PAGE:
Producing helically phased light
Light with OAM can be produced in a number of ways:
Spiral phase plates
An obvious approach to generating a helically phased beam is to pass a plane wave beam through an optical element with a helical surface, as shown here. The optical thickness of the component increases with azimuthal position according to mλθ/2π(n-1), where nis the refractive index of the medium. Unfortunately, despite the simplicity of the idea, at optical wavelengths this approach requires extreme precision in the pitch of helical surface.
Diffractive optical elements
Diffractive optical elements can be readily designed to mimic any refractive element of choice, at a single wavelength. A helical phase profile exp(imφ) converts a Gaussian laser beam into a helical mode. In practice, the phase distribution of the desired optical component is typically added to a linear phase ramp and the result is a diffraction grating that produces the desired beam in the first diffraction order.
The components are effectively holograms of the desired optical element and are thus often referred to as “computer generated holograms.” This approach is particularly appealing due to the commercial availability of spatial light modulators (SLMs). These are pixellated liquid crystal devices that can be programmed through the video interface of a computer to act as holograms. Changing their design is as simple as changing the image displayed by the computer interfacing the device.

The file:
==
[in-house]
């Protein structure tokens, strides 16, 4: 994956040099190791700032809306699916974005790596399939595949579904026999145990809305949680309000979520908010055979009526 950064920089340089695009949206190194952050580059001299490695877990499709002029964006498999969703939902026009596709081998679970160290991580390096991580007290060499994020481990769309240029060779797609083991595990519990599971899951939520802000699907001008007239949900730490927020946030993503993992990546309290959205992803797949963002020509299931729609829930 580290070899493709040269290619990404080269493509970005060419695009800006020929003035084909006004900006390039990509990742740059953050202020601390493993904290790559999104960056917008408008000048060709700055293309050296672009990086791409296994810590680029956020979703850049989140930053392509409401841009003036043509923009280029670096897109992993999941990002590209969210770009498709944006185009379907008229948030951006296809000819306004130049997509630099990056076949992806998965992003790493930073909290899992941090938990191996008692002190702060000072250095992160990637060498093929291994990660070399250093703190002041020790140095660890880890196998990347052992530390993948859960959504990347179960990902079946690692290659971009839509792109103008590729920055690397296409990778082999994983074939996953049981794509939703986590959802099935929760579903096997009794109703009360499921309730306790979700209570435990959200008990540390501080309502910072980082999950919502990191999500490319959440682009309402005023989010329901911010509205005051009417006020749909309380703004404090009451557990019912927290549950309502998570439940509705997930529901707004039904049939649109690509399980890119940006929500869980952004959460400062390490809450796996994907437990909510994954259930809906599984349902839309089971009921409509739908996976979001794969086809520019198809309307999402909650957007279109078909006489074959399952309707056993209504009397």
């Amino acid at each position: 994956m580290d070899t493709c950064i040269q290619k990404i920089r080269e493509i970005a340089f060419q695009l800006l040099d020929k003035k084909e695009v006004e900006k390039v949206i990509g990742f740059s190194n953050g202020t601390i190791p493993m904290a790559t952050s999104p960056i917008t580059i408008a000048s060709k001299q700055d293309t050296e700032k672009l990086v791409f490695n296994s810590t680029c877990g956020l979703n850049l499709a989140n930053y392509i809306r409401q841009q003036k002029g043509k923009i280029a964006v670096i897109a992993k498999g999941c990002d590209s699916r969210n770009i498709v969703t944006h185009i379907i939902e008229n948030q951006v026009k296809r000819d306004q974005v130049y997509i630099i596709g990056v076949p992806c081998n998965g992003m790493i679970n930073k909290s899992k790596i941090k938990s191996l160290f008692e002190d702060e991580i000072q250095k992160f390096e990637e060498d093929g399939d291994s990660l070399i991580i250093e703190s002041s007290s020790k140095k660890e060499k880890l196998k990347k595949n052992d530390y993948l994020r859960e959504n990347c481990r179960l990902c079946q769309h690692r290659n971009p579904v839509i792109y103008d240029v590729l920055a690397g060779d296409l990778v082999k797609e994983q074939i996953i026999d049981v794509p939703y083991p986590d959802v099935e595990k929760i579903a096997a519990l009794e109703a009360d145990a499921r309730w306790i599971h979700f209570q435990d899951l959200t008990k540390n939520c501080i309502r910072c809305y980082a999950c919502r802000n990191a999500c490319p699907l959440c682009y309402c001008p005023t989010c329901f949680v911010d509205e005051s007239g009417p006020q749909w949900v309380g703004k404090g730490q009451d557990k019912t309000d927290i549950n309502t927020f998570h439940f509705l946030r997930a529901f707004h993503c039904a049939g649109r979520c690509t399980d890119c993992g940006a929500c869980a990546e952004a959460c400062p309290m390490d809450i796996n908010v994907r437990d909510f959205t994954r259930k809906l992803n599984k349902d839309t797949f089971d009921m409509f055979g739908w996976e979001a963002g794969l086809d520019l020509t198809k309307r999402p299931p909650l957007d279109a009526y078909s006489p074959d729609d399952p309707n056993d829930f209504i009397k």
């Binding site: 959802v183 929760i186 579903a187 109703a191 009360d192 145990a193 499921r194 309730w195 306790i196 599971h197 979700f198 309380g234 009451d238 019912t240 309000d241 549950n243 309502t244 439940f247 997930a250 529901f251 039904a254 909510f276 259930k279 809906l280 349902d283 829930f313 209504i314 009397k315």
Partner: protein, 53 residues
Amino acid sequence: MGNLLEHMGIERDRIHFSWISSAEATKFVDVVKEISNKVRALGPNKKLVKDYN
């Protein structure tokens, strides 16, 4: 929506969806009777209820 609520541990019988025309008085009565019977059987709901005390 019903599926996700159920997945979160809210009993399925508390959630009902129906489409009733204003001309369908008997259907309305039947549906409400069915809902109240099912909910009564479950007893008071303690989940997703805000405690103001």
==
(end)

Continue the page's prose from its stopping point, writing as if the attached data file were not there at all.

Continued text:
π/2 and π converters are used to combine a specific combination of Hermite–Gaussian modes to produce Laguerre–Gaussian modes [Beijersbergen 1993], as shown below, where three HG modes are combined to give the Laguerre–Gaussian mode LG02:
The π/2-converter transforms an incident HG mode into an LG mode while the π-converter transforms any mode into its own mirror image
Spontaneous parametric down-conversion (SPDC)
Spontaneous parametric down-conversion (SPDC) is the generation of two lower- frequency photons when a pump field interacts with a nonlinear crystal. It is a conservative process: energy, momentum and orbital angular momentum are all conserved.
SPDC has been shown to be a reliable source of photons that are entangled [Hong 1985], in particular, in their OAM [Mair 2001]. The spatial structure of the down-converted biphotons can be expressed as a superposition of Laguerre–Gauss (LG) modes of different amplitudes, angular and radial momenta, with the width of the modal expansion relating to the amount of entanglement of the final state [Torres 2003; Miatto 2011; Yao 2011].